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 INTRODUCTION Service addresses noise issues in national parks and has the information. Many organizations that provide public infor- authority to both set noise limits and do research. However, mation are identified in this report, and the committee sug- noise-related activities by federal agencies are not well co- gests how government might play a larger role in providing ordinated. (More details can be found in Chapter 8.) Reduc- information to the public. ing environmental noise will require that the development and support of noise control technologies be shared among SuMMARy government agencies and industry. State and local governments can promulgate noise regula- All of these subjects are discussed in more detail in the tions as long as they do not conflict with federal government following chapters of this report. In Chapter 11, findings are regulations. EPA still has some noise emission regulations summarized, and a number of recommendations are given “on the books” and has broad powers with respect to inter- that the study committee believes will lead to the reduction state commerce. Despite this, many states and municipalities of noise in the United States. have no noise regulations at all. Others have regulations, but The decibel and other terms used in acoustics to describe they are poorly written or outdated. According to Hanson noise are briefly described in Appendix A. A more complete (2002), states and local municipalities would welcome better description can be found in handbooks on acoustics and noise information and guidance, as well as financial and technical control, such as Rossing (2007), Vér and Beranek (2006), support, in enacting reasonable and effective environmental and Crocker (2007). noise regulations. Sources of the many technical articles and Internet resources cited in this report include professional society journals and conference proceedings. Several are from a EDuCATION AND THE WORKFORCE 2007 special issue of The Bridge (NAE, 2007). Others are Although acoustics—the science of sound—has a long from Noise Control Engineering Journal and the proceed- history (Rossing, 2007), noise control engineering is a ings of national conferences (NOISE-CON) and interna- relatively new field. Noise problems emerged after World tional congresses (INTER-NOISE). Referenced papers War II, with the building of the interstate highway system, from these sources are available on the Internet (http://www. the advent of jet airplanes, and the postwar building boom. bookmasters.com/marktplc/0076.htm) and through the Sci- MIT was a pioneer in noise control education (in the depart- tation platform hosted by the American Institute of Physics ments of aeronautics, architecture, electrical engineering, (http://scitation.aip.org/) and maintained by the Institute and physics), but even today not a single university in the of Noise Control Engineering of the USA (http://www. United States has a department (or academic unit), nor inceusa.org). There are also references to papers published is there a widely agreed-on curriculum, for noise control in Noise/News International (NNI), and these are available engineering. on the NNI website, http://www.noisenewsinternational.net. Because noise control engineering is inherently a mul- Reports from the International Institute of Noise Control tidisciplinary field, noise control engineers must be knowl- Engineering are available on its website, http://www.i-ince. edgeable in several subjects, including acoustics, aerody - org. namics, mechanical vibration, measurement, electronics, physiology, psychology, statistics, physics, and architecture. REFERENCES Today the demand for such individuals far exceeds the sup- ASHA (American Speech Language-Hearing Association). 1991. Combat - ply. Meeting this demand will require an emphasis on noise ting Noise in the 90s: A National Strategy for the United States. Rock- control engineering in the undergraduate curriculum as well ville, MD: American Speech Language-Hearing Association. Available as well-funded graduate programs. online at http://www.nonoise.org/epa/Roll6/roll6doc0.pdf. Bronzaft, A., and Van Ryzin, G. 2006. Neighborhood Noise and Its Conse- quences: A Survey in Collaboration with the Council on the Environ- The Public ment of New York City. Special Report #9. New York: Council on the Environment. Available online at http://www.noiseoff.org/media/cenyc. Although people are quick to inform public officials when noise.report.pdf. they are inconvenienced or oppressed by noise, they are Bronzaft, A., and G. Van Ryzin. 2007. Neighborhood Noise and Its Conse- poorly informed about how, or even if, noise can be mitigated quences: Implications for Tracking Effectiveness of the NYC Revised in practical, cost-effective ways. It would be beneficial for Noise Code. Special Report #14. New York: Council on the Environ - ment. Available online at http://www.noiseoff.org/media/cenyc.noise. people to have a better understanding of, for example, how report.4.pdf. noise is measured, so they could participate in informed Crocker, M.J., ed. 2007. Handbook of Noise and Vibration Control. Hobo- debate on problems that affect them and recognize when ken, NJ: John Wiley & Sons. sound pressure levels are likely to cause permanent hearing EPA (U.S. Environmental Protection Agency). 1974. Information on Levels damage. Two studies in the 1990s included information re- of Environmental Noise Requisite to Protect Public Health and Welfare with an Adequate Margin of Safety. Document 550/9-74-004. Available lated to public awareness of noise problems (ASHA, 1991; online at http://www.nonoise.org/library/leels74/leels74.htm. OECD, 1991); the Internet can also provide a great deal of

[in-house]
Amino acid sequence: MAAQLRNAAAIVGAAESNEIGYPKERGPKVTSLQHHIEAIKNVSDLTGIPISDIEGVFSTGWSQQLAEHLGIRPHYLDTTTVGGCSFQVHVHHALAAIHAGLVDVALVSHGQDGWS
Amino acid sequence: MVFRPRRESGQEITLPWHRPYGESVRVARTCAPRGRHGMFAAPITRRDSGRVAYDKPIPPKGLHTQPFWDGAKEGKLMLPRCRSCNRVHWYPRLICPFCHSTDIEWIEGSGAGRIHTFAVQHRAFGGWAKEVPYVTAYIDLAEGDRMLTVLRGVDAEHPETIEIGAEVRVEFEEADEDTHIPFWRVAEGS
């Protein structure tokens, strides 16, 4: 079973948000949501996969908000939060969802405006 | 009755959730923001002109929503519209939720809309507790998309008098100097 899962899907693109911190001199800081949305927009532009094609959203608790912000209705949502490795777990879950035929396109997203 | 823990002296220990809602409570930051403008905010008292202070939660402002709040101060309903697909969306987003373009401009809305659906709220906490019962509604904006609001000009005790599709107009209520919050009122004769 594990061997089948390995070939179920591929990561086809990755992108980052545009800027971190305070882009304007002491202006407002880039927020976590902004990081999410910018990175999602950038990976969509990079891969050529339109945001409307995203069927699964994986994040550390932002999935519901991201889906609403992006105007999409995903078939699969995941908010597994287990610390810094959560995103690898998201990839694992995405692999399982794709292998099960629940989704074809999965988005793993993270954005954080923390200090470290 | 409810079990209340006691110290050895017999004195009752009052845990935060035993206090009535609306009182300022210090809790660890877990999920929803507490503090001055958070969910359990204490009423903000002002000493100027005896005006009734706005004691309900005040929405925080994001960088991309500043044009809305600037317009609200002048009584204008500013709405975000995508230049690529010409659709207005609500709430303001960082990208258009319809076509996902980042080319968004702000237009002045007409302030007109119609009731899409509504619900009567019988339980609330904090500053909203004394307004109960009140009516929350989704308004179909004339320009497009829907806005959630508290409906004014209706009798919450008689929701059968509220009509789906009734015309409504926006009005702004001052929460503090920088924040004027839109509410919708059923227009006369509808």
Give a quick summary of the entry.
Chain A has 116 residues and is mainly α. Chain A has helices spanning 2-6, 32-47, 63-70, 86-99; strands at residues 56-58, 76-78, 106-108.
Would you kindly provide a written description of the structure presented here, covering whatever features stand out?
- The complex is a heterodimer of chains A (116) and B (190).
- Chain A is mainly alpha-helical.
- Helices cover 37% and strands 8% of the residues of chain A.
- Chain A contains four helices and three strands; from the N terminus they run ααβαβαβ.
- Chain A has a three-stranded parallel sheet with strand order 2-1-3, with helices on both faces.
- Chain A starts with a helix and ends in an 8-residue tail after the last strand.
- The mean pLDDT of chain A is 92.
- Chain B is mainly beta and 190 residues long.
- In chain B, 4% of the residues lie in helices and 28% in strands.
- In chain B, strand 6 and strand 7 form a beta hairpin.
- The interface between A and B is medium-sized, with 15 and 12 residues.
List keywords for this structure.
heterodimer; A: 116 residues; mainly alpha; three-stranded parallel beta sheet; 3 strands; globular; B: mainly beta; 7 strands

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0 TECHNOLOGY FOR A QUIETER AMERICA FHWA (Federal Highway Administration). 2009. Summary of Noise Barri - NIH (National Institutes of Health). 2009a. Noise Induced Hearing Loss. ers Constructed by December 31, 2004. Available online at http://www. Available online at http://www.nidcd.nih.go/health/hearing/noise.asp. fhwa.dot.go/enironment/noise/barrier/sintro.htm. NIH. 2009b. Statistics on Noise Induced Hearing Loss. Available online at GAO (Government Accountability Office). 2000. Aviation and the Environ- http://www.nlm.nih.go/medlineplus/noise.html. ment: Results from a Survey of the Nation’s 50 Busiest Commercial NIOSH (National Institute for Occupational Safety and Health). 2001. Service Airports. GAO/RCED-00-222. Available online at http://www. Work-Related Hearing Loss. DHHS (NIOSH) Publication No. 2001- gao.go/archie/000/rc00.pdf. 103. Cincinnati, OH: NIOSH. GAO. 2001. Aviation and the Environment: Transition to Quieter Aircraft OECD (Organization for Economic Cooperation and Development). 1991. Occurred as Planned, but Concerns About Noise Persist. GAO-01-1053. Fighting Noise in the 90s. Paris: OECD. Available online at http://gao.go/new.items/d00.pdf. PARTNER (Partnership for Air Transportation Noise and Emissions Re- Hanson, C.E. 2002. The Roles of State and Local Government Agencies in duction). 2004. Report to Congress: Aviation and the Environment, A Noise Abatement and Control. Proceedings of INTER-NOISE 02, The National Vision Statement, Framework for Goals and Recommended 2002 International Congress and Exposition on Noise Control Engi - Actions. Available online at http://www.faa.go/library/reports/media/ neering, Dearborn, MI, August 19–21. Available online at http://www. congrept_aiation_enirn.pdf. bookmasters.com/marktplc/0076.htm. Rossing, T. 2007. Springer Handbook of Acoustics. New York: Springer IOM (Institute of Medicine). 2005. Noise and Military Service: Implications Science+Business Media LLC. for Hearing Loss and Tinnitus. L.E. Humes, L.M. Joellenbeck, and J.S. Sandberg, U. 2001. Noise Emissions of Road Vehicles—Effectiveness of Durch, eds. Washington, DC: National Academies Press. Regulations. Final Report from the Working Party on Noise Emissions KBDN (Kitchen and Bath Design News). 1999. New Survey Pinpoints of Road Vehicles. International Institute of Noise Control Engineering. Dishwasher Usage Trends. Available online at http://www.kitchenbath Available online at http://www.i-ince.org/data/iince0.pdf. Schultz, T.J. 1978. Synthesis of social surveys on noise annoyance. Journal design.com/print/Kitchen-and-Bath-Design-News/New-Surey-Pin- points-Dishwasher-Usage-Trends/$8. of the Acoustic Society of America 64(1):377–405. Lang, W.W., and G.C. Maling. 2007. Noise as a technological and policy Vér, I.L., and L.L. Beranek, eds. 2006. Basic Acoustical Quantities: Levels challenge. The Bridge 37(3):4–10. and Decibels. Chapter 1 in Noise and Vibration Control Engineering. Miller, N.P. 2003. Transportation Noise and Recreational Lands. Proceed- Hoboken, NJ: John Wiley & Sons. ings of INTER-NOISE 2002, Dearborn, MI, August 19–21, 2002. Waitz, I., J. Bernhard, and C.E. Hanson. 2007. Challenges and promises in NAE (National Academy of Engineering). 2007. Special Issue on Noise mitigating transportation noise. The Bridge 37(3):25–32. Engineering. The Bridge 37(3).